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We were one of the first shops to carry Janine Bouchard’s lovely linen bedding when she launched Last Light three years ago. Her stonewashed linen collection is sourced from flax grown in Western Europe, spun into yarn in Italy and woven into fabric by a family-run factory in Portugal, and has quickly become a favourite for local designers putting the finishing touches on a home design project. We caught up with Bouchard from her family’s cabin in Lake of the Woods, where she and her husband have been staying-in-place with their five-month-old daughter. 

Tell me how you got started with Last Light. 

I’ve worked in the apparel industry for just over 15 years now, and I’ve always gravitated toward the textiles. The fabrics are my favourite part. I’d be in Paris twice a year at fabric trade shows, and I would be coming home with linen bedding smooshed inside my carry-on, because I couldn’t find it here. This was years ago, and now it seems there are so many linen brands within the last year or two. But five or six years ago, there were not really so many options. 

In the beginning there was a lot of development for me to travel around to mills and to try to figure out who was a great partner to work with. I knew I wanted to work with European mills and I wanted it to be 100-percent European linen. I just really wanted to work with the craftsmen in Europe. And to have it be a lifestyle thing too, where my husband and daughter and I could go over and I could visit. I work with a family-run factory, and I know five of the family members who work there. 

So when I was developing the fabrics, it was heavy development, but now that it’s set, it’s more like colour selection, and adding a couple of new colours and a couple of new styles each year. This year I have a beautiful new dark option called Storm. A lot of people asked me for dark colours if they have pets or if they have kids, or guys will message me and want something that looks and feels a little more masculine, something they don’t have to be careful with. It’s a really dark grey, almost a faded black.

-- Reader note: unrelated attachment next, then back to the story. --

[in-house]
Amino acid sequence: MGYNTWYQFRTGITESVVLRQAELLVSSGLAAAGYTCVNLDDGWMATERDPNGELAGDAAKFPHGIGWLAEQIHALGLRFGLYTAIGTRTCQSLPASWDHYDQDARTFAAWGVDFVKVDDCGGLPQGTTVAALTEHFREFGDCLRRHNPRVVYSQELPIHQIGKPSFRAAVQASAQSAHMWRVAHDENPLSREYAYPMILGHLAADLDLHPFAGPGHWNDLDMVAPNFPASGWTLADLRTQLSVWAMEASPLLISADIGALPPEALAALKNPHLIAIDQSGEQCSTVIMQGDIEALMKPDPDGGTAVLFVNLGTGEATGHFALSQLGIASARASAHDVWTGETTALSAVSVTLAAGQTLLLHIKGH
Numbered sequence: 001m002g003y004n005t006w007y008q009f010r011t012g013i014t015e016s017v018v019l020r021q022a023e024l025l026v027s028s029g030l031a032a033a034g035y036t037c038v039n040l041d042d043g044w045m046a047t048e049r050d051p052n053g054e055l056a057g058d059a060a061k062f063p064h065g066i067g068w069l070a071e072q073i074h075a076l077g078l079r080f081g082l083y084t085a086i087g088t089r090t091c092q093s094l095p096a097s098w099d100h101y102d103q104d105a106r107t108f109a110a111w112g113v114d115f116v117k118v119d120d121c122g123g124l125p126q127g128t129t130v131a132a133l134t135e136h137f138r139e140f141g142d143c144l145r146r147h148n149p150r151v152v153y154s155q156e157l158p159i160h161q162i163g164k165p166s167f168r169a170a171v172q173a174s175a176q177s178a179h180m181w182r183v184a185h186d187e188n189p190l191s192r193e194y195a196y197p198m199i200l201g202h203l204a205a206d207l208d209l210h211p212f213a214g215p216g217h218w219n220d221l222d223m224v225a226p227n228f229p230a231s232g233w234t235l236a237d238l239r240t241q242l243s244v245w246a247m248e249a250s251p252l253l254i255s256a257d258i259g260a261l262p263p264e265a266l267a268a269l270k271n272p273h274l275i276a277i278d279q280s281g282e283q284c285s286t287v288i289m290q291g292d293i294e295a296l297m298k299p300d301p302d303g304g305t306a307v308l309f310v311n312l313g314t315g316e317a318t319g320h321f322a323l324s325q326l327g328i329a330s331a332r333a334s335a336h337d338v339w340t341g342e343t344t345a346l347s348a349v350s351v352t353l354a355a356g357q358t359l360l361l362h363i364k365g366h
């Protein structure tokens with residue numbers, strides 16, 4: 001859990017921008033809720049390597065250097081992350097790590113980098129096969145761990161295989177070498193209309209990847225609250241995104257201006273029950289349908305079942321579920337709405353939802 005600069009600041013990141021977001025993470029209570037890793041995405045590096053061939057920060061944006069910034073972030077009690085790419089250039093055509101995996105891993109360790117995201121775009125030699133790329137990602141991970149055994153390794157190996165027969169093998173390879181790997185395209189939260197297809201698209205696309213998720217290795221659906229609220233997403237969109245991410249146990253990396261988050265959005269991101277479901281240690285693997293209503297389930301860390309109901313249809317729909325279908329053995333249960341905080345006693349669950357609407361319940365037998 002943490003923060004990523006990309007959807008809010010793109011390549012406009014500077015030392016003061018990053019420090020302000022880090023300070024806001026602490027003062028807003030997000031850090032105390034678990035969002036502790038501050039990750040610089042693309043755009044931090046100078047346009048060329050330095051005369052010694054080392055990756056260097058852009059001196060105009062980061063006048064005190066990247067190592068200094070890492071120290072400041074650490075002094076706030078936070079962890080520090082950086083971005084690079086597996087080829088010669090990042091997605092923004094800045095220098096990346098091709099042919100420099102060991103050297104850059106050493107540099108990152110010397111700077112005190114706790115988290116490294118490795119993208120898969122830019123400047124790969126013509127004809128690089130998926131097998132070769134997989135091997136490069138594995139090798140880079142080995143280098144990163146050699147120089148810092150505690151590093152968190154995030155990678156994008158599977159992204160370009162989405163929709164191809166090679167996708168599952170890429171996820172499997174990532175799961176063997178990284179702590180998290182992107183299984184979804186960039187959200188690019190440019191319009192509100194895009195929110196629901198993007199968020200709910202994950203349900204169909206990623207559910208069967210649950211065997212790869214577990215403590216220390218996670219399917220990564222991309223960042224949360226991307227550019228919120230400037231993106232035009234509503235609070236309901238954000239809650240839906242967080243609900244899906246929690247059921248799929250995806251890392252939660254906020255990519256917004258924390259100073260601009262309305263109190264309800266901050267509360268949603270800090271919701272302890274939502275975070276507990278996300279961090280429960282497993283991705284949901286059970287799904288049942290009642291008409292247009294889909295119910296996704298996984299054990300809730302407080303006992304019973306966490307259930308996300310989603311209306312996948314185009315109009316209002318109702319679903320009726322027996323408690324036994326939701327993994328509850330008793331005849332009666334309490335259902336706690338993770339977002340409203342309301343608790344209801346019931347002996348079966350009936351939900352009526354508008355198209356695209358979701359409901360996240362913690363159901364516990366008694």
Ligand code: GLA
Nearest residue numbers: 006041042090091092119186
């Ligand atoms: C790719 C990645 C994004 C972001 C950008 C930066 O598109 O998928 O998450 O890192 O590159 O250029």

Then I have linen quilts coming in, beautiful linen quilts that are all stitched, and I introduced a baby collection: baby fitted sheets and baby quilts too. I’m going to have a slow and steady process over a 10-year time frame. 

You talked about developing the fabrics early on. What did that development process look like?

At the very beginning, it was figuring out which mill partner I wanted to work with. Working through mills with my fulltime job, I knew how important it was to find really great partners that you can trust and work with and create with. And they can really deliver on quality. And then it’s going through all of their fabrics, and figuring out what is going to check all the boxes. I’ve worked in the sport performance industry for a lot of my career, building athletic apparel. So when I was going through fabric development, I washed the heck out of everything, gave pieces to friends and made sure it really would meet quality standards and live up to everything. It was a lot of wash-and-wear testing, making sure the colour fastness is there, and the shrinkage.

What was the colour palette you launched with?

Just three! A sun-bleached white, the driftwood grey and the deep navy. It was just a tiny brand, I tackled the orders, had my own little stock room...

And now, where are you at?